Jun 30, 2021
LGBTQ+ Travelers Pack Their Suitcases, Leading the Travel Industry Rebound
By Sarah Netter
As travel picks up again, LGBTQ+ voyagers are looking for safe destinations to visit.
Lola Méndez, a frequent traveler who visited 64 countries in five years, had been grounded by Covid-19 for 14 months. Now comfortable with resuming travel, she chose her first post-pandemic trip very carefully.
“I’m fully vaccinated… and decided to go to Puerto Vallarta, Mexico as it’s the ‘queer capital of Mexico,’” says Méndez, a 31-year-old journalist based in Florida. “It is on the beach, close to nature, extremely vegan-friendly, and has had an effective Covid-19 response.”
LGBTQ+ community leads in post-pandemic travel
LGBTQ+ travelers have historically led the way for leisure travel, and post-pandemic life is no exception. “Gays lead and the rest follow,” Roger Dow, president and chief executive officer of the U.S. Travel Association, told the National LGBT Media Association recently.
“They travel more and spend more when they travel,” Dow says. “They’re the darlings of the travel industry.”
LGBTQ+ adults reported taking an average of 3.6 leisure trips in the past year compared with 2.3 trips taken by non-LGBTQ+ adults, according to a 2020 report by the Harris Poll.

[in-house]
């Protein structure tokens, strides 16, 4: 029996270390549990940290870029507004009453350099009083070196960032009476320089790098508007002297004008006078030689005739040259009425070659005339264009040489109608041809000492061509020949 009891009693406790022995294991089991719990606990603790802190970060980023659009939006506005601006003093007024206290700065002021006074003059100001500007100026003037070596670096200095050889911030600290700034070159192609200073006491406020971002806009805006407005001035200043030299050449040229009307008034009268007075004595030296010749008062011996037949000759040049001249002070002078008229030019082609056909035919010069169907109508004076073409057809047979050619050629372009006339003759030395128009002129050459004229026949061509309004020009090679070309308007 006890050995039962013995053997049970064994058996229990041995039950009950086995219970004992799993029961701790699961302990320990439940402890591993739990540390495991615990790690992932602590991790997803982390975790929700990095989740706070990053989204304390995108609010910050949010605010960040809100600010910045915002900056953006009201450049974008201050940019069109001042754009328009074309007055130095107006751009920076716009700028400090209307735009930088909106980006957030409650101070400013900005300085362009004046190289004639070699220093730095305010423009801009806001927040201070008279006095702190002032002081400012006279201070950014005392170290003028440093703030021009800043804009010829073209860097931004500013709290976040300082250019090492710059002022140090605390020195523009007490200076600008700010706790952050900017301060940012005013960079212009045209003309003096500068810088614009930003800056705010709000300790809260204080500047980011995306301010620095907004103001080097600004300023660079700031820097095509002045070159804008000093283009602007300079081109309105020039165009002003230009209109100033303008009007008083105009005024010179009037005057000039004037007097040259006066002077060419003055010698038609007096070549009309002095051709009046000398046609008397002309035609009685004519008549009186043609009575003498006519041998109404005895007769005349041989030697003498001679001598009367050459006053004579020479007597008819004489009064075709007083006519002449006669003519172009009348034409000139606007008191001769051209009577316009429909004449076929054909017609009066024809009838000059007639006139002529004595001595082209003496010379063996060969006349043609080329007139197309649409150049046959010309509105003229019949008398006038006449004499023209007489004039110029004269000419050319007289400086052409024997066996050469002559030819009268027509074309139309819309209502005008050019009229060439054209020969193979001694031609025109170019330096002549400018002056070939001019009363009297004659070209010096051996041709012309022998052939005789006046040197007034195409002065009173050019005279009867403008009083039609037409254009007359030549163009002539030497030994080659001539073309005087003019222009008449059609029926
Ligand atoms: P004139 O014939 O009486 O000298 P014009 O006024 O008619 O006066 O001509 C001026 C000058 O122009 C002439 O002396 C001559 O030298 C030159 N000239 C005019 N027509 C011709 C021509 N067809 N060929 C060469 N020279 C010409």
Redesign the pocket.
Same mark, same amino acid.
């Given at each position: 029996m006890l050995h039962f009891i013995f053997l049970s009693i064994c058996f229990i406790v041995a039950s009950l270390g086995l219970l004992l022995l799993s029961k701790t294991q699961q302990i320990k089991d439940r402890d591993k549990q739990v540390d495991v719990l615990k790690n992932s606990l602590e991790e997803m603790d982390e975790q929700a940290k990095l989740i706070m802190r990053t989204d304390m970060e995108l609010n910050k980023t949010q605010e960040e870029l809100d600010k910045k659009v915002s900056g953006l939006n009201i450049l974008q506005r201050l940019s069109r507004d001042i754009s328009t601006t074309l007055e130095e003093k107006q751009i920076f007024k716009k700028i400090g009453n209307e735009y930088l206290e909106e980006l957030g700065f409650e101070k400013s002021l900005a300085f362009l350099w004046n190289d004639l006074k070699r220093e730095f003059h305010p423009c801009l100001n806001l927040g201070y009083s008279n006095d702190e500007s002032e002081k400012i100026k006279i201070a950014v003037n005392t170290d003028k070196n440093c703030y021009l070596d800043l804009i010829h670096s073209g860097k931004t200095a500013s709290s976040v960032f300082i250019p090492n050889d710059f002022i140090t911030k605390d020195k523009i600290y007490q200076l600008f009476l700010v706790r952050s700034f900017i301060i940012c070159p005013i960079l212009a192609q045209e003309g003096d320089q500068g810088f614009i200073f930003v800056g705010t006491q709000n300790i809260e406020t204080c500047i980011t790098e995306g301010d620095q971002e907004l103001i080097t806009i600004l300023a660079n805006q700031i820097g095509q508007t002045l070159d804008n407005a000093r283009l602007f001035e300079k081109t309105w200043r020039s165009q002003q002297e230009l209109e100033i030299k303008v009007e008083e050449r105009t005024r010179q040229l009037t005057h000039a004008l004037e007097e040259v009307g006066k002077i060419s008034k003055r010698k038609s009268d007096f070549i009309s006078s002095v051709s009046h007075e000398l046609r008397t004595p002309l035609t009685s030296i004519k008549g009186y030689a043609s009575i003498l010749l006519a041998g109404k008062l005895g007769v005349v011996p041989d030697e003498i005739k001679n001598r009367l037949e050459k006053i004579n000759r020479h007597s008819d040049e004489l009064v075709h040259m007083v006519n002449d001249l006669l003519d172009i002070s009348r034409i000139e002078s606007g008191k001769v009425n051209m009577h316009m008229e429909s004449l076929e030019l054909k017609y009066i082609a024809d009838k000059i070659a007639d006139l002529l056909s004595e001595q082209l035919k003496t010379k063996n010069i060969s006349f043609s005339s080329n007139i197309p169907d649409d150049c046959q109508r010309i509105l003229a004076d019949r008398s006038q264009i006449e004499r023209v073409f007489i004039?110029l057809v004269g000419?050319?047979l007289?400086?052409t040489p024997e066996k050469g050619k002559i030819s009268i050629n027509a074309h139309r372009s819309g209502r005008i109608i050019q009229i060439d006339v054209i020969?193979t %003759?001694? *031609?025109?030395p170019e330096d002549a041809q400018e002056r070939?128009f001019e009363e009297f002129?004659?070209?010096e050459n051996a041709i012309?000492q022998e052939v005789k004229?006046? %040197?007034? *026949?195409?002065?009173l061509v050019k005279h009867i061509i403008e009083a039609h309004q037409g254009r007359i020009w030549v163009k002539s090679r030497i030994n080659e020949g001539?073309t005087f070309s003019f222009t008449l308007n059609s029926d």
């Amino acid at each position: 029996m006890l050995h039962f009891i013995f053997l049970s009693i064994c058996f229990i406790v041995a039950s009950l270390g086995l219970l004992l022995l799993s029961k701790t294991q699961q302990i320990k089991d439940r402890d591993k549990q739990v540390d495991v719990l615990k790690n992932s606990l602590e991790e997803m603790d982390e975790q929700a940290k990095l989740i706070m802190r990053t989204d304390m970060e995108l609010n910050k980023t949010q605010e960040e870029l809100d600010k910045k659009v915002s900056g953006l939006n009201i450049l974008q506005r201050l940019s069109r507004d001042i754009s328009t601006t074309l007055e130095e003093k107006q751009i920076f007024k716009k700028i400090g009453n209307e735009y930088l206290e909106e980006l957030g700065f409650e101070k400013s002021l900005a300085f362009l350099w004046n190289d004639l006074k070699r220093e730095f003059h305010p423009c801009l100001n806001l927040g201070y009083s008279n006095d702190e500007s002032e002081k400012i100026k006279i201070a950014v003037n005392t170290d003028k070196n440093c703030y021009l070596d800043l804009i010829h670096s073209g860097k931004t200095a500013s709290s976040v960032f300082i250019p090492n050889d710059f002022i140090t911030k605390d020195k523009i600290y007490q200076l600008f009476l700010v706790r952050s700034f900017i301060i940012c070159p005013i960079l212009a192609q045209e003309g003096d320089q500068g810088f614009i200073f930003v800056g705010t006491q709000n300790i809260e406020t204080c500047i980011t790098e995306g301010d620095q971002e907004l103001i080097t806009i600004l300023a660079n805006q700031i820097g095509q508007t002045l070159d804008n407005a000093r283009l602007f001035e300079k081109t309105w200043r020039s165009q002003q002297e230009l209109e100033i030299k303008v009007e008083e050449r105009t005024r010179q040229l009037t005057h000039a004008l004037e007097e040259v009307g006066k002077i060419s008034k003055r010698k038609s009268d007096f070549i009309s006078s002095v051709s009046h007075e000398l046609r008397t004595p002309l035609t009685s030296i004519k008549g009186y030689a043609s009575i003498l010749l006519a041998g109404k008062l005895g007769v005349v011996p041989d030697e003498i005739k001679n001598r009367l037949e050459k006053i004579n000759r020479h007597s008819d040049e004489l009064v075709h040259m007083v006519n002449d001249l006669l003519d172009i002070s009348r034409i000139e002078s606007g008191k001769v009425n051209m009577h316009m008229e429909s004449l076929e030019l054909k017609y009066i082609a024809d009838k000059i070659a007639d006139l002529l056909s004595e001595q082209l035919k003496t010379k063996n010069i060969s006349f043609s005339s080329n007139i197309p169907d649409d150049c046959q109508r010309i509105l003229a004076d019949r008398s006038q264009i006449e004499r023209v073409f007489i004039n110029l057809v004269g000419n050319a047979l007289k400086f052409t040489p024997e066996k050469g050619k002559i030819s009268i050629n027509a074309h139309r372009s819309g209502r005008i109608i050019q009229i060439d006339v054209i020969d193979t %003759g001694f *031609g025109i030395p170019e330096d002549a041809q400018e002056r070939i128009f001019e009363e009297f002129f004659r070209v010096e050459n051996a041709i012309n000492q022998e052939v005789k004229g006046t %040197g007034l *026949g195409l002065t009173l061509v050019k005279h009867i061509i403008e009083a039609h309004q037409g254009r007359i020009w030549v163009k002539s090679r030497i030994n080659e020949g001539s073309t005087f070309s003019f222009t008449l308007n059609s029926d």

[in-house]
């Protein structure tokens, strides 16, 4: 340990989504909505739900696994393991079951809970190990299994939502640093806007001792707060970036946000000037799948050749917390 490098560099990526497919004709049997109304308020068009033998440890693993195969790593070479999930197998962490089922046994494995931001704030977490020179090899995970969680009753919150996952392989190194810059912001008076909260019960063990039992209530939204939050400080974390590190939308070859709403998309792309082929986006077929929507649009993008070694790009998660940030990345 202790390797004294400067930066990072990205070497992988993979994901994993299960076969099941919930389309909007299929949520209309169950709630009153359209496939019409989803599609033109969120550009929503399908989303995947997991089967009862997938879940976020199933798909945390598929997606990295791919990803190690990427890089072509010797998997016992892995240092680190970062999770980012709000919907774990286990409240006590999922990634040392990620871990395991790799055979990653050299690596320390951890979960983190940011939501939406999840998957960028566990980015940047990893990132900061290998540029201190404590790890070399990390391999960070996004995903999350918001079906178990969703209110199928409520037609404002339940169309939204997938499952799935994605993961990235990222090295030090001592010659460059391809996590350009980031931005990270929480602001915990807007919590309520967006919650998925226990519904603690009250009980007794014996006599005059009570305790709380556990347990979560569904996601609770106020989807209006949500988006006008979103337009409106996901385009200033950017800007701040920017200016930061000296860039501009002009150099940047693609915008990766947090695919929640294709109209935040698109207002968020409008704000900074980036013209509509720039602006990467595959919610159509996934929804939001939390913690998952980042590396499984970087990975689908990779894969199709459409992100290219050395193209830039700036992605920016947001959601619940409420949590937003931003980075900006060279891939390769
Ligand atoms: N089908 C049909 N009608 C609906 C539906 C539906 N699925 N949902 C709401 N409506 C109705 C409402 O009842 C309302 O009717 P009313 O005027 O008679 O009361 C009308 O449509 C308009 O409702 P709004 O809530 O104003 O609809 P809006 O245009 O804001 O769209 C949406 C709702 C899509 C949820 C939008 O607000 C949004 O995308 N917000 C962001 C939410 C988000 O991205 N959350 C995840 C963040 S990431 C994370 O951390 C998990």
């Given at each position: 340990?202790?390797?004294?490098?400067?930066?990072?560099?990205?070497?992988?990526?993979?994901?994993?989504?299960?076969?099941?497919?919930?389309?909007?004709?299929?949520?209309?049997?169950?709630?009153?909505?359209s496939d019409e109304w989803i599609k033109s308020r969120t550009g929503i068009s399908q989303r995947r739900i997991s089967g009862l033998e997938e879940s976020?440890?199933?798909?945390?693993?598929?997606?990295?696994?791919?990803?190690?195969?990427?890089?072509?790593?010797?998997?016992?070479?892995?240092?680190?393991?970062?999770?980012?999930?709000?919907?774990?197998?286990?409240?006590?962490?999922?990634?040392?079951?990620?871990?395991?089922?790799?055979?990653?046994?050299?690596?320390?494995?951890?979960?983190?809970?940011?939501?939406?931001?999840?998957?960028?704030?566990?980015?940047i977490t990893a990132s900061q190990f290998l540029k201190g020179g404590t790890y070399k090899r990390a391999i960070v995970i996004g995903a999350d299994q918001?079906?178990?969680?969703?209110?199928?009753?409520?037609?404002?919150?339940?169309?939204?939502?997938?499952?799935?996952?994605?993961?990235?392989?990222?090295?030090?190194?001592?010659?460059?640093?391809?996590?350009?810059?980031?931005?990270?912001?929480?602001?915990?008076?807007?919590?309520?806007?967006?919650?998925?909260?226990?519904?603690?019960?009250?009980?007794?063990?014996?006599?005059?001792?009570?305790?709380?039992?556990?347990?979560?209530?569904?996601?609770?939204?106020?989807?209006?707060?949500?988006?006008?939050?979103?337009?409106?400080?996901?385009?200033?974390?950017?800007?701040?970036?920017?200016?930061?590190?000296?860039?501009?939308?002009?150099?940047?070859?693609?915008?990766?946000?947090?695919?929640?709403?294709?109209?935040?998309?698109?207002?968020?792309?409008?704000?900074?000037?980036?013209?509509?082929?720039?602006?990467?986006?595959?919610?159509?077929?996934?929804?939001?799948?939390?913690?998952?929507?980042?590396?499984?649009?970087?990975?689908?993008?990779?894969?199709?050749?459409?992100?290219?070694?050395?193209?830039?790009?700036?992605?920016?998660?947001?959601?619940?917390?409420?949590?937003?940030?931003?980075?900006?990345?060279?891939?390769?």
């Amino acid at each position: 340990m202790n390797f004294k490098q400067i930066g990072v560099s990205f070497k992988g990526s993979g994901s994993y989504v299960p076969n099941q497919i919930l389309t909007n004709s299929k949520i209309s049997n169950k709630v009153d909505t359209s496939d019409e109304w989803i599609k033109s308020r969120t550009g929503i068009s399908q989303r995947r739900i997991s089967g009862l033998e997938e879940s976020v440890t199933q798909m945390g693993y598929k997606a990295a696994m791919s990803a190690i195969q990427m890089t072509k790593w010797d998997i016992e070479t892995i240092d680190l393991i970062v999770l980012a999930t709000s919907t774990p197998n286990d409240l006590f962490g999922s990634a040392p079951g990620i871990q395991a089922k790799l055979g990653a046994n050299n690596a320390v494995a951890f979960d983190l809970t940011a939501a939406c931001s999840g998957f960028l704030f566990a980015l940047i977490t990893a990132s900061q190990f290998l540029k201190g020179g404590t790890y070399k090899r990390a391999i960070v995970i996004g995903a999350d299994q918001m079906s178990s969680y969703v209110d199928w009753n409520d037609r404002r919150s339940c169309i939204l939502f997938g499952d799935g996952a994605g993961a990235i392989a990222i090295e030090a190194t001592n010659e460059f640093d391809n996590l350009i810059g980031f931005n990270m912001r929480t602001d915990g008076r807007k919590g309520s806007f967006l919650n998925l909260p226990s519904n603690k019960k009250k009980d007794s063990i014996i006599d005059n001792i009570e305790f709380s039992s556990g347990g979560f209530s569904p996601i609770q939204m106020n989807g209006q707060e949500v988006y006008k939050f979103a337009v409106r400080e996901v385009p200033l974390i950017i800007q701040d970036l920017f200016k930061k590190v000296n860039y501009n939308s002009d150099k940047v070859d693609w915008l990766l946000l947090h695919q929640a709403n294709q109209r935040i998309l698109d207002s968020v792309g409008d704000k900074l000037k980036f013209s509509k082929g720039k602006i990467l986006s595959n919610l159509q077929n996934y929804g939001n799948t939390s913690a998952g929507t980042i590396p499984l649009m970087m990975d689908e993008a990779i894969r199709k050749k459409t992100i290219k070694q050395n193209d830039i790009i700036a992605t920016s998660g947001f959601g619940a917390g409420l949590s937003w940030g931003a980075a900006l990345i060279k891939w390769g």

And they have been anxiously awaiting the chance to dust off their suitcases—more than 75% of respondents were ready to vacation again, according to a Consumer Marketing Insights (CMI) survey on post-Covid-19 LGBTQ+ travel.
Covid-19 was “devastating” for Out Adventures, a LGBTQ+ tour company based in Ontario, Canada.
“We went from our best year ever to cutting our staff by 75%,” said owner Robert Sharp. “We are lucky that our clients are extremely loyal, and that LGBTQ+ travelers are often among the first to start traveling after times of global or economic uncertainty.”
After a gut-wrenching 15 months without running a tour, business is now picking back up. Not only did most of the company’s guests choose to keep their deposits, they are now rebooking, Sharp says, and Out Adventures began seeing a spike in inquiries and new bookings once vaccines began rolling out in the U.S.